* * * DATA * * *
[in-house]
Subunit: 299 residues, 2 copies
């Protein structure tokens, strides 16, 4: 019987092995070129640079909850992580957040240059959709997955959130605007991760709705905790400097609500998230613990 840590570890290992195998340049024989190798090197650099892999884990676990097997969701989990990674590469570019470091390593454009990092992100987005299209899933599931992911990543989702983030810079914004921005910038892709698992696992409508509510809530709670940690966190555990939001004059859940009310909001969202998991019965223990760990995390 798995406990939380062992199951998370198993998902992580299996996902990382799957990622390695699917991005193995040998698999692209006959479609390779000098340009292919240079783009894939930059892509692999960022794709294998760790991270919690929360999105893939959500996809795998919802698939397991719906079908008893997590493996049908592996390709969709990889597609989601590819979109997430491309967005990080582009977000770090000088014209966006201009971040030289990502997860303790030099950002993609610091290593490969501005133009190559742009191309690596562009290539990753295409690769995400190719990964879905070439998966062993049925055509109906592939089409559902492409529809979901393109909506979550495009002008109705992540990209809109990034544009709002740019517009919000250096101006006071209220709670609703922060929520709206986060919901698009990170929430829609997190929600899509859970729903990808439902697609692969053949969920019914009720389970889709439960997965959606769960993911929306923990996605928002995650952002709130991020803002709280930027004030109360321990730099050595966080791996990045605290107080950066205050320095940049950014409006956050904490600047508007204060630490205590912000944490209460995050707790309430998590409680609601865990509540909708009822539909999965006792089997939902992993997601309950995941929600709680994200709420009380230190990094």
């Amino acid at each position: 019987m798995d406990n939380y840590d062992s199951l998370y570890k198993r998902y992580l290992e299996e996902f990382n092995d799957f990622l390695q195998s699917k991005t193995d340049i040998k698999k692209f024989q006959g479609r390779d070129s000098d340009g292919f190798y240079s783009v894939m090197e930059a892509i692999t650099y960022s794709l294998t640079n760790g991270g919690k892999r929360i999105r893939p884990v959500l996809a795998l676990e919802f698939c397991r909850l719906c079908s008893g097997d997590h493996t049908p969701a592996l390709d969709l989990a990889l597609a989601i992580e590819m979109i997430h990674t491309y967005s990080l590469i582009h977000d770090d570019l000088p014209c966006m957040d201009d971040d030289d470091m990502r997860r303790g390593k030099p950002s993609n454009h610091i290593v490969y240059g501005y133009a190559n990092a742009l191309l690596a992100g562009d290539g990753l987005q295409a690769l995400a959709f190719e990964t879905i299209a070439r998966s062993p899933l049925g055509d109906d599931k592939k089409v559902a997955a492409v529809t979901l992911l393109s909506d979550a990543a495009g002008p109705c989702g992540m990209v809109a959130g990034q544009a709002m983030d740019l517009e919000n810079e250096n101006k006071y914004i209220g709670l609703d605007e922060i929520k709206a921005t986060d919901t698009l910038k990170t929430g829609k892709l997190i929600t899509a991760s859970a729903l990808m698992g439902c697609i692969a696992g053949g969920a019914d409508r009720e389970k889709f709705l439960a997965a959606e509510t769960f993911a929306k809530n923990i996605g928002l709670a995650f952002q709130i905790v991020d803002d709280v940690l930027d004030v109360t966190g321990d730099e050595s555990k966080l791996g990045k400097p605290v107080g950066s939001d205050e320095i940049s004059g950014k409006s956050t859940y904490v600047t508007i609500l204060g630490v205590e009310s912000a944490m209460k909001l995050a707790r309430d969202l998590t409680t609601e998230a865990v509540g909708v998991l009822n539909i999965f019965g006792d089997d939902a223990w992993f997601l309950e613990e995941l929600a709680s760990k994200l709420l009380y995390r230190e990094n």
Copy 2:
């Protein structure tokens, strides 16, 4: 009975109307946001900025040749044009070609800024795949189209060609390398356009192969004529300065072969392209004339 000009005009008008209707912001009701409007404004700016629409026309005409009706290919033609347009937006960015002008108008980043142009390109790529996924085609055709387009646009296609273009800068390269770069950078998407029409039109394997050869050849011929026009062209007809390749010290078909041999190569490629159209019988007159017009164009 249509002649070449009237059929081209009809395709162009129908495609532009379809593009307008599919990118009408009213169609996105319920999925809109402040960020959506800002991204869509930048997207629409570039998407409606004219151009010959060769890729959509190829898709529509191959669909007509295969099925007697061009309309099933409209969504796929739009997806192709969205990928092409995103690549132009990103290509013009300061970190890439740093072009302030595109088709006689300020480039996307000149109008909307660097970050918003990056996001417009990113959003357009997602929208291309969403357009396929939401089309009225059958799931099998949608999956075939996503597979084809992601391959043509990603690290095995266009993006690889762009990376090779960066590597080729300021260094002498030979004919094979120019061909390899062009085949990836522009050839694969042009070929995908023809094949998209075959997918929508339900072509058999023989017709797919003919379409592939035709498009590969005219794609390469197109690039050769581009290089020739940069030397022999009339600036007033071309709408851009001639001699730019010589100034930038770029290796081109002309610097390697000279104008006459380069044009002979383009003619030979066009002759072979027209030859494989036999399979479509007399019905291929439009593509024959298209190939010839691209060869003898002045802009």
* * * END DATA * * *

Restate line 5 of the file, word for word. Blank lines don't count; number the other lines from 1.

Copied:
Copy 2: